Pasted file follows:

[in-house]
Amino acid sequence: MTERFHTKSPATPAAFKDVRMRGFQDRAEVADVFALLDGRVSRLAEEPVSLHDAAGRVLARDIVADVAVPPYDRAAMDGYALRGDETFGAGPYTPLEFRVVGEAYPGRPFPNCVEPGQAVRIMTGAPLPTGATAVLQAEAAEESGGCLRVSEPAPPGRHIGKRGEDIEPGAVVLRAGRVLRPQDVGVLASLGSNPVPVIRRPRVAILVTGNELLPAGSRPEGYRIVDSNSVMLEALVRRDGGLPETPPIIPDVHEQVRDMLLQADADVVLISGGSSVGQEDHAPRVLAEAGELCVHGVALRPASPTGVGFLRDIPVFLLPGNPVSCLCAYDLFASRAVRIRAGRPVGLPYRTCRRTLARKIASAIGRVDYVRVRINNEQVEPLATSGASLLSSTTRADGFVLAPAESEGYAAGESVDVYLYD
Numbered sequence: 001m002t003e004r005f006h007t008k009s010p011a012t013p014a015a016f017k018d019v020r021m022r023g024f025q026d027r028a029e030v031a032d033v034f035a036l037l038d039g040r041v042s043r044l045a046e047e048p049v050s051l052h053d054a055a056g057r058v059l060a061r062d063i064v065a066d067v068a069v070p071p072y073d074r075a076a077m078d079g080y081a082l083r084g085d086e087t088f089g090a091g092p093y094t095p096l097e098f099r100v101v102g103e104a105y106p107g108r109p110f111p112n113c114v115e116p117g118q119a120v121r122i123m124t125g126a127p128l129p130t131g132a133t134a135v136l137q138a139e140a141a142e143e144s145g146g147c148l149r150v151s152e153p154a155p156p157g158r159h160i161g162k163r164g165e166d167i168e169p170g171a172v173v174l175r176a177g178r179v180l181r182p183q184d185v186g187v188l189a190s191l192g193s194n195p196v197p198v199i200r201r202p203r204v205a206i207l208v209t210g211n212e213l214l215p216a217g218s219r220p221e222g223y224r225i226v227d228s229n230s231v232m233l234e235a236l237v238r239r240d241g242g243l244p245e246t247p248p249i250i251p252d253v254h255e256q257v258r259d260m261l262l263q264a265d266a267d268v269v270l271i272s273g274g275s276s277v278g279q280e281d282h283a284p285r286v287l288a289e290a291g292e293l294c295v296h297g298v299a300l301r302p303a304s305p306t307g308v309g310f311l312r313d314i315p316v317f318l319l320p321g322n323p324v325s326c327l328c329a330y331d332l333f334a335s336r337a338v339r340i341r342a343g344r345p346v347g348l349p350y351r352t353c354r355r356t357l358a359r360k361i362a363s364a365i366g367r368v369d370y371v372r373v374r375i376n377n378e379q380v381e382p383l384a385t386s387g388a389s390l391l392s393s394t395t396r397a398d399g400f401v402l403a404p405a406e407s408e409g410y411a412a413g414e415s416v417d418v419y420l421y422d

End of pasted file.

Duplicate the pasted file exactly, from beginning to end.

[in-house]
Amino acid sequence: MTERFHTKSPATPAAFKDVRMRGFQDRAEVADVFALLDGRVSRLAEEPVSLHDAAGRVLARDIVADVAVPPYDRAAMDGYALRGDETFGAGPYTPLEFRVVGEAYPGRPFPNCVEPGQAVRIMTGAPLPTGATAVLQAEAAEESGGCLRVSEPAPPGRHIGKRGEDIEPGAVVLRAGRVLRPQDVGVLASLGSNPVPVIRRPRVAILVTGNELLPAGSRPEGYRIVDSNSVMLEALVRRDGGLPETPPIIPDVHEQVRDMLLQADADVVLISGGSSVGQEDHAPRVLAEAGELCVHGVALRPASPTGVGFLRDIPVFLLPGNPVSCLCAYDLFASRAVRIRAGRPVGLPYRTCRRTLARKIASAIGRVDYVRVRINNEQVEPLATSGASLLSSTTRADGFVLAPAESEGYAAGESVDVYLYD
Numbered sequence: 001m002t003e004r005f006h007t008k009s010p011a012t013p014a015a016f017k018d019v020r021m022r023g024f025q026d027r028a029e030v031a032d033v034f035a036l037l038d039g040r041v042s043r044l045a046e047e048p049v050s051l052h053d054a055a056g057r058v059l060a061r062d063i064v065a066d067v068a069v070p071p072y073d074r075a076a077m078d079g080y081a082l083r084g085d086e087t088f089g090a091g092p093y094t095p096l097e098f099r100v101v102g103e104a105y106p107g108r109p110f111p112n113c114v115e116p117g118q119a120v121r122i123m124t125g126a127p128l129p130t131g132a133t134a135v136l137q138a139e140a141a142e143e144s145g146g147c148l149r150v151s152e153p154a155p156p157g158r159h160i161g162k163r164g165e166d167i168e169p170g171a172v173v174l175r176a177g178r179v180l181r182p183q184d185v186g187v188l189a190s191l192g193s194n195p196v197p198v199i200r201r202p203r204v205a206i207l208v209t210g211n212e213l214l215p216a217g218s219r220p221e222g223y224r225i226v227d228s229n230s231v232m233l234e235a236l237v238r239r240d241g242g243l244p245e246t247p248p249i250i251p252d253v254h255e256q257v258r259d260m261l262l263q264a265d266a267d268v269v270l271i272s273g274g275s276s277v278g279q280e281d282h283a284p285r286v287l288a289e290a291g292e293l294c295v296h297g298v299a300l301r302p303a304s305p306t307g308v309g310f311l312r313d314i315p316v317f318l319l320p321g322n323p324v325s326c327l328c329a330y331d332l333f334a335s336r337a338v339r340i341r342a343g344r345p346v347g348l349p350y351r352t353c354r355r356t357l358a359r360k361i362a363s364a365i366g367r368v369d370y371v372r373v374r375i376n377n378e379q380v381e382p383l384a385t386s387g388a389s390l391l392s393s394t395t396r397a398d399g400f401v402l403a404p405a406e407s408e409g410y411a412a413g414e415s416v417d418v419y420l421y422d